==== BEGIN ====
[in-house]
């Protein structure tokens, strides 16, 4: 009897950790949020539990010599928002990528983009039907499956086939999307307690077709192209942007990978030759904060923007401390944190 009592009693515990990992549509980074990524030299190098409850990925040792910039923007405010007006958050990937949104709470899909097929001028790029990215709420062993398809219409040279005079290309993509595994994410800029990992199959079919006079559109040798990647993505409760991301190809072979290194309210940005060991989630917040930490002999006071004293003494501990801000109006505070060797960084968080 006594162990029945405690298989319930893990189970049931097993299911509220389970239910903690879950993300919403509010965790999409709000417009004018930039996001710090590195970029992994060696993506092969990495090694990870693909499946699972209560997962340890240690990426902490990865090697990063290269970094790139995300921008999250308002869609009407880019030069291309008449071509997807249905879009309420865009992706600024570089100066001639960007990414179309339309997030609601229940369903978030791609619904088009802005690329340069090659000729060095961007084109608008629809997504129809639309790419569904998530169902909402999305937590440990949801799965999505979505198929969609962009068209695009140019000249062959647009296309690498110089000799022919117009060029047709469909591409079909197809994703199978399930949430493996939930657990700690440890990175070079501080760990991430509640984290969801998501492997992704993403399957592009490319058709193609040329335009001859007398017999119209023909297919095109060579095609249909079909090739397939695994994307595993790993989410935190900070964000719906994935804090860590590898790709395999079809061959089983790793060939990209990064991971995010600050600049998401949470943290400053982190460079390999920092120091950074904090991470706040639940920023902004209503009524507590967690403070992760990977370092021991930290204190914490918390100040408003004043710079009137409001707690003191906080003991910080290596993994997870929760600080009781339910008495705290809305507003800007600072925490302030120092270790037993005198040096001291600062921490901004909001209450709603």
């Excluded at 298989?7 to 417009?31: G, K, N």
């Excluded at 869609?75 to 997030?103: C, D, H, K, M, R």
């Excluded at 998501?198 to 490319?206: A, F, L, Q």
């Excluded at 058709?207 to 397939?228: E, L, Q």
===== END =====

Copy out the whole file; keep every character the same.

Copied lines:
[in-house]
């Protein structure tokens, strides 16, 4: 009897950790949020539990010599928002990528983009039907499956086939999307307690077709192209942007990978030759904060923007401390944190 009592009693515990990992549509980074990524030299190098409850990925040792910039923007405010007006958050990937949104709470899909097929001028790029990215709420062993398809219409040279005079290309993509595994994410800029990992199959079919006079559109040798990647993505409760991301190809072979290194309210940005060991989630917040930490002999006071004293003494501990801000109006505070060797960084968080 006594162990029945405690298989319930893990189970049931097993299911509220389970239910903690879950993300919403509010965790999409709000417009004018930039996001710090590195970029992994060696993506092969990495090694990870693909499946699972209560997962340890240690990426902490990865090697990063290269970094790139995300921008999250308002869609009407880019030069291309008449071509997807249905879009309420865009992706600024570089100066001639960007990414179309339309997030609601229940369903978030791609619904088009802005690329340069090659000729060095961007084109608008629809997504129809639309790419569904998530169902909402999305937590440990949801799965999505979505198929969609962009068209695009140019000249062959647009296309690498110089000799022919117009060029047709469909591409079909197809994703199978399930949430493996939930657990700690440890990175070079501080760990991430509640984290969801998501492997992704993403399957592009490319058709193609040329335009001859007398017999119209023909297919095109060579095609249909079909090739397939695994994307595993790993989410935190900070964000719906994935804090860590590898790709395999079809061959089983790793060939990209990064991971995010600050600049998401949470943290400053982190460079390999920092120091950074904090991470706040639940920023902004209503009524507590967690403070992760990977370092021991930290204190914490918390100040408003004043710079009137409001707690003191906080003991910080290596993994997870929760600080009781339910008495705290809305507003800007600072925490302030120092270790037993005198040096001291600062921490901004909001209450709603």
């Excluded at 298989?7 to 417009?31: G, K, N």
């Excluded at 869609?75 to 997030?103: C, D, H, K, M, R």
């Excluded at 998501?198 to 490319?206: A, F, L, Q």
């Excluded at 058709?207 to 397939?228: E, L, Q």